Quick: What do dating a married man and devouring a hot fudge sundae loaded with almonds, whipped cream and lots of sauce have in common? Both taste devilishly good, and both are sinfully bad for you.
Sure, it's human nature to want what you shouldn't have. But while the ice cream concoction might expand your hips, loving someone else's man can contort your heart in ways that are infinitely more disturbing than a little weight gain -- and much harder to bounce back from.
So what's the draw? If it's fear of commitment that compels you to seek out men with wedding rings on their fingers, I suggest that you prepare for some major bumps on your thrill ride. If you're simply blinded by love, I predict you'll be seeing clearly when you're spending the majority of your Saturday nights alone waiting to see if he can sneak out and see you.
When you date a married man, you're forever stuck in the "newbie" stage of a relationship -- that roller-coaster, tummy-turning period composed of equal parts excitement, fear, fury and bone-deep misery. You've got high highs (think happy drunk) and low lows (think apres-buzz). More soap opera appeal: There's the excitement of the chase, the mystery of not knowing (can he see me tonight? Am I better in bed than his wife?), and loads of free time to pursue your own thing. The catch-22 on the last "plus": You've got loads of free time to obsess about this frustrating love affair.
Queen of Denial
Many women who succumb to the lure of the married man say, "Oh, I can handle it. I won't fall in love." Uh, huh. And rain isn't wet. When you sleep with someone you care about, he doesn't just enter your body; he enters you. And you inevitably want more. Only the more you want, the less he gives. (Gotta spend some time with the wife so she doesn't get suspicious. Junior has a soccer match, and Dad's his biggest fan.) And let's not forget the "once a cheater, always a cheater" factor. I don't think I need to expand on this point, because we've all heard it before. Just think about it.
Next: Can you count on him? Find out.
Another thing to consider: Even if he changes his cheating ways for you, do you really want to be that woman -- the one who wreaked havoc on his marriage in the first place? Speaking of his marriage, even if you're convinced that he's going to leave her, don't delude yourself into thinking that this is a simple process. Breaking up is hard to do. Think of the end of your last relationship, add several years or a lifetime, throw in a couple of "'till death do us parts," multiply by a couple of kids and prepare to divide all of your material possessions. That's what's on your guy's plate.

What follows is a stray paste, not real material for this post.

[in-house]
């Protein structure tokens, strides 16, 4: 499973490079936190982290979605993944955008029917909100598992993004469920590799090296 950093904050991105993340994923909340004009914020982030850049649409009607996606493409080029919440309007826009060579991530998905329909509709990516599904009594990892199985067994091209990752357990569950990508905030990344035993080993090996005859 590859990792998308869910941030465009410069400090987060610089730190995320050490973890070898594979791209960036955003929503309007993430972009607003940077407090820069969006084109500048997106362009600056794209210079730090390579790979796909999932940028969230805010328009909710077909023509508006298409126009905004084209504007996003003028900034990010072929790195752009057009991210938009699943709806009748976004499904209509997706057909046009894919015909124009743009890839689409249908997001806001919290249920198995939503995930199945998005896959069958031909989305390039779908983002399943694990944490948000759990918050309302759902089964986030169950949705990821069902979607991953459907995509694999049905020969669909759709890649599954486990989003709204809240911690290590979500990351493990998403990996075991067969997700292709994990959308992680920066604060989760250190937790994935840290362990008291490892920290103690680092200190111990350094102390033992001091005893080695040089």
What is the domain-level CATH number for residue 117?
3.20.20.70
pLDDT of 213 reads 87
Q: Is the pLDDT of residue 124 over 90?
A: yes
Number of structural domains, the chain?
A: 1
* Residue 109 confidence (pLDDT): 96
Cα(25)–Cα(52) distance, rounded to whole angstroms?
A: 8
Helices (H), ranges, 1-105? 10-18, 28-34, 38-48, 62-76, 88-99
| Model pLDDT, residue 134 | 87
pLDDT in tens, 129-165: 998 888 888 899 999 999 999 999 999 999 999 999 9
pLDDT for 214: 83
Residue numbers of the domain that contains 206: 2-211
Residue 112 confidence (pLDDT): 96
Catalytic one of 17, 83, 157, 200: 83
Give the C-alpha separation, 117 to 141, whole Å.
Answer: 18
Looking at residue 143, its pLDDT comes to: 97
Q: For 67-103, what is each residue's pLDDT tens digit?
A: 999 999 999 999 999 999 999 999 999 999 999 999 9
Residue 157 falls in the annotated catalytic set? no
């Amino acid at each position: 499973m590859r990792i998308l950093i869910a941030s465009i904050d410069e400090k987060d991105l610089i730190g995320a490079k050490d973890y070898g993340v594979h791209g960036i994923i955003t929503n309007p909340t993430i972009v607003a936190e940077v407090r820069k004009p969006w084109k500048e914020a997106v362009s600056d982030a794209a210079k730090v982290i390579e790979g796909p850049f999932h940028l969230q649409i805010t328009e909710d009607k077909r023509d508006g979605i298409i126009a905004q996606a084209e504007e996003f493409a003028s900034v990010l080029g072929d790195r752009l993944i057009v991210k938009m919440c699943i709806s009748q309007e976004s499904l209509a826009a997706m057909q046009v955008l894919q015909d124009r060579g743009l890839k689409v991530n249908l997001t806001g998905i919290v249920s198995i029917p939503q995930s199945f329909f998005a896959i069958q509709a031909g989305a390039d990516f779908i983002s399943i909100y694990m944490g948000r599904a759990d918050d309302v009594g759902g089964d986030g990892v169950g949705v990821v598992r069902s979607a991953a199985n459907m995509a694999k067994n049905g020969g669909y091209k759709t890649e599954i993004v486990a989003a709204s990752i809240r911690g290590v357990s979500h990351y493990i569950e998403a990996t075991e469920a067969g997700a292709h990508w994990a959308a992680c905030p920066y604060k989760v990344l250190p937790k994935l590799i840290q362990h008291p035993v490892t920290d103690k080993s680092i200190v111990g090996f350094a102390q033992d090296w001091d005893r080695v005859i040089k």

Still Lonely ... After All These Years
What you have when you love a married man is fleeting, a wave that crashes over you (perhaps knocking you down) then vanishes into the ocean. That's it. You can never put his name down on an application form under "Who to call in an emergency". You can never count on him for weekends or holidays. You can never "work on the relationship" or expect him to make compromises or even show up on your arm at an office party.
Your married man might never bore you or irritate you with his weird little habits. He's never around long enough to make you feel comfortable enough in his presence to find him wanting. But he can never really make you feel good about yourself. If you did, you'd want a man who considers you his partner, not his paramour.
The Real World
Real relationships aren't about diamonds and caviar, tempestuous sex, illicit thrills. They're cotton, not silk. They're morning breath and arguing about whose turn it is to clean the toilet. They're also about having someone curl into your body the whole night long and to listen yet again to your diatribe against your unfeeling boss.
The seeming "magic" offered by the married man is style, not substance; trick mirrors. He's a master of the art of illusion. When darkness turns to dawn, he's gone and you've got footprints on your heart.
Resist his lure.
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